Stepping back in time for National Archaeology Week23 May 2018
As part of National Archaeology Week, we’re taking a look back at some of the fascinating discoveries archaeologists have uncovered as part of light rail excavations.
Archaeologists excavated three mid-19th century buildings fronting George Street, near Alfred Street.
The sandstock brick structures were built on sandstone footings and natural bedrock, and channels had been carved into the bedrock to direct seepage and stormwater through the cellar spaces into George Street.
A large number of Chinese earthenware storage jars were retrieved from the excavation of 171 George Street, which the historical records show was leased by Chinese merchant Kay Key in the 1880s.
The buildings were demolished at the turn of the century following an outbreak of bubonic plague in 1900.
In Haymarket, excavations at the eastern end of Rawson Place uncovered remains of the 1845 Christ Church St Laurence Infants School.
The school’s walls were constructed of bricks with slate flashing incorporated to prevent rising damp from the ground below.
Evidence of previous use as a school was uncovered, including small sections of slate writing tablet and parts of slate pencils, or styluses.
The building was demolished by 1904 to make way for Rawson Place and the original Sydney tramway.
See a picture of a Slate writing tablet shard and slate stylus point recovered from the Christ Church St Laurence Infants School in our Gallery.
Archaeologists uncovered the remains of The Royal Arms Hotel, adjacent outbuildings and terraces, and the Devonshire Street Congregational Church Hall during excavations in Ward Park in 2016 and 2017.
The Royal Arms was originally built c1859 on the south-east corner of Devonshire Street and Riley Street and was also known as Steel’s Hotel after owner Alexander Steel.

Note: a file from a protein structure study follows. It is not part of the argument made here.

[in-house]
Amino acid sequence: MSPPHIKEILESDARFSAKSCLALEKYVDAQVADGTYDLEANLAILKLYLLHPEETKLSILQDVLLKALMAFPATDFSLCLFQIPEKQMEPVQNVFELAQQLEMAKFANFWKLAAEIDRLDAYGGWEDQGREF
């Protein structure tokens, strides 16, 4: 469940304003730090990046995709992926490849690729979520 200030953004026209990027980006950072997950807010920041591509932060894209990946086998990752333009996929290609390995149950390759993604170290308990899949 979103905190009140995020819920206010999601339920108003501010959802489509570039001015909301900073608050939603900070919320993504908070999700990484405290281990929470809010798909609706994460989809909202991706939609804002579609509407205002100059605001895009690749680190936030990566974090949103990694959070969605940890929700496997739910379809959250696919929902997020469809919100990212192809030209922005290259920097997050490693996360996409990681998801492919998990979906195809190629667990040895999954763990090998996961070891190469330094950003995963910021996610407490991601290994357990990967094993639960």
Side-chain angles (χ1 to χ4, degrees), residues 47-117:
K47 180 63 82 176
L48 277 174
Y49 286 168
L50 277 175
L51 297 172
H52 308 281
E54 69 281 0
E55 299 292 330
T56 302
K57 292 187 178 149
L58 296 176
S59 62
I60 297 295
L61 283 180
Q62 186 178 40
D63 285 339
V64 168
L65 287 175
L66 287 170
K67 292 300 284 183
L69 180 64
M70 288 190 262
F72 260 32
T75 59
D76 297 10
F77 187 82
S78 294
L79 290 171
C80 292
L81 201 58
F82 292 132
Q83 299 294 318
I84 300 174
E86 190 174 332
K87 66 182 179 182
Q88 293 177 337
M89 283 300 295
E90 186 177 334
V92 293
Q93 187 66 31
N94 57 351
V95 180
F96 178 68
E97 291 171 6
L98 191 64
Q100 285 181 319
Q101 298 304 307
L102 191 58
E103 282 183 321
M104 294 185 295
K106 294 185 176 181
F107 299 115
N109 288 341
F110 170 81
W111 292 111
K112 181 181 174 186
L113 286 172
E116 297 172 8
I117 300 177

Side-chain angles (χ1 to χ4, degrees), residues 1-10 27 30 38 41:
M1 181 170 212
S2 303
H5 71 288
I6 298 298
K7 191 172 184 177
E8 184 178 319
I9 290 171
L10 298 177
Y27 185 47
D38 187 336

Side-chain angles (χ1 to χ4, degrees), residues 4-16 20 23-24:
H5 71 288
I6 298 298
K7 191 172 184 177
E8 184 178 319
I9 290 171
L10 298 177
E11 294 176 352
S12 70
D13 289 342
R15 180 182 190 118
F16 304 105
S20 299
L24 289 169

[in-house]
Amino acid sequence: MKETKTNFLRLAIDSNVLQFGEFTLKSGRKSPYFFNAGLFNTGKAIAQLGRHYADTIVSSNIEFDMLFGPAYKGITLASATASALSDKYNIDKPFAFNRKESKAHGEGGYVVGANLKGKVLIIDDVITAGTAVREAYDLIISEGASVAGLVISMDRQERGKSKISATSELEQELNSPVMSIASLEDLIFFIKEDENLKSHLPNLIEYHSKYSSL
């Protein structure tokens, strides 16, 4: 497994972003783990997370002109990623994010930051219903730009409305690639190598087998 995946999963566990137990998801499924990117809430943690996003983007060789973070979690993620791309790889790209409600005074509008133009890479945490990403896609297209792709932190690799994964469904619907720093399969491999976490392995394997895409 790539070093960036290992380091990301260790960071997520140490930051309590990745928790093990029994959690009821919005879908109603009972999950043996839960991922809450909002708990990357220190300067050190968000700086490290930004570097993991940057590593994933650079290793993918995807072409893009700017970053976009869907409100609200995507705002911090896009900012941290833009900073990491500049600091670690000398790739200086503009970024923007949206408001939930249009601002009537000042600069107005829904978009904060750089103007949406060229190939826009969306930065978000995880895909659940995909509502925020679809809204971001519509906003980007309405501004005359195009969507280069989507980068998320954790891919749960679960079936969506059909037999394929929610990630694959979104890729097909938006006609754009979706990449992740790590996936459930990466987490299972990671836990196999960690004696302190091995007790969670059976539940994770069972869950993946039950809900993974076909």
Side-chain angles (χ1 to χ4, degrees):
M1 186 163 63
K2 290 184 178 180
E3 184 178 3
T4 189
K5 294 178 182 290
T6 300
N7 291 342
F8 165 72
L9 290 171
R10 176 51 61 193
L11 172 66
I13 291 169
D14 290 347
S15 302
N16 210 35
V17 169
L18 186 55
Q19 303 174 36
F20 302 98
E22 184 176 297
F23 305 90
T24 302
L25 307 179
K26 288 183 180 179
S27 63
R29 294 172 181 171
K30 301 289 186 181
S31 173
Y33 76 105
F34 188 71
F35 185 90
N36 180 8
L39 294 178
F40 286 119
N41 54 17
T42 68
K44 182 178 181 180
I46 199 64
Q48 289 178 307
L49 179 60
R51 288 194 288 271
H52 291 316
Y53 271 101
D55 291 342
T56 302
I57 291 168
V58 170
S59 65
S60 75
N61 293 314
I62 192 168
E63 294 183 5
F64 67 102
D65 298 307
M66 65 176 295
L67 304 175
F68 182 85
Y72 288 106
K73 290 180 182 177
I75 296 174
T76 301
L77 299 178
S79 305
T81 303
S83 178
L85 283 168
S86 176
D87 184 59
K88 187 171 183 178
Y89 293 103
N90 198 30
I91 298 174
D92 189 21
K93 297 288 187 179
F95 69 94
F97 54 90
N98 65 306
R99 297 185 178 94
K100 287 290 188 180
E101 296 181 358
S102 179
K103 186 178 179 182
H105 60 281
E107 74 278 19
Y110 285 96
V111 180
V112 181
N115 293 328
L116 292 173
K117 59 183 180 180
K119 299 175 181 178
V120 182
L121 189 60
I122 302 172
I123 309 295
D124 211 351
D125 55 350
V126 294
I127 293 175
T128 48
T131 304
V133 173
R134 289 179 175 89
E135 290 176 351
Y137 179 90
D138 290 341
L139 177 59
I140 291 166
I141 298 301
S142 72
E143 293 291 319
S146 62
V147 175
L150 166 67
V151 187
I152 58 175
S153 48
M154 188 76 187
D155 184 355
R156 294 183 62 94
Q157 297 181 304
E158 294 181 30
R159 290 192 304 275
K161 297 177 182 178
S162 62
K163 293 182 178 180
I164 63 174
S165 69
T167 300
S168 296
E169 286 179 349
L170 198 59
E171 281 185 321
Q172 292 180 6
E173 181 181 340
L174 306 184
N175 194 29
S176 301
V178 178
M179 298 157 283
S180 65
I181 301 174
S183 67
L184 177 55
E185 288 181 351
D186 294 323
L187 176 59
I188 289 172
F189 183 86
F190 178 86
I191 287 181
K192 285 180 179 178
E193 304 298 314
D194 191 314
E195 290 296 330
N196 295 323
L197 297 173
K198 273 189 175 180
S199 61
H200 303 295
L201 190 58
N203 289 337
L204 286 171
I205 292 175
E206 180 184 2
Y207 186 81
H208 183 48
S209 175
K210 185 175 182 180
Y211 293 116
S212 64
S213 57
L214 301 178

The congregational hall was built in 1883/84 on the south-west corner and became a big part of community life, regularly hosting public events and ceremonies.
Between 1943 and 1949 the hotel, terraces and church were resumed by the Housing Commission and demolished.
Take a look at a photo of The Royal Arms Hotel basement, with the shadow of a ladder still visible.
Randwick has revealed a number of interesting glimpses into Sydney’s recent history, including a zig-zagged shaped section of World War II air raid trench uncovered in High Cross Park.
The 1.8m deep trench had been cut into the bedrock and leftover remains of the shoring, including loose sections of timber beams and corrugated iron, were found inside the trench.
After the bombing of Pearl Harbour in 1941, precautionary security measures were ramping up in Sydney, and in 1942 air raid shelters and zig-zagging anti-aircraft trenches like the one at High Cross Park were a common sight.
They were often lined with sandbags and sheets of iron. At the end of the war many of these trenches were backfilled to prevent from falling into them.
A photo of the air-raid trench with recreated shoring to depict what it may have looked like can be found in our Gallery.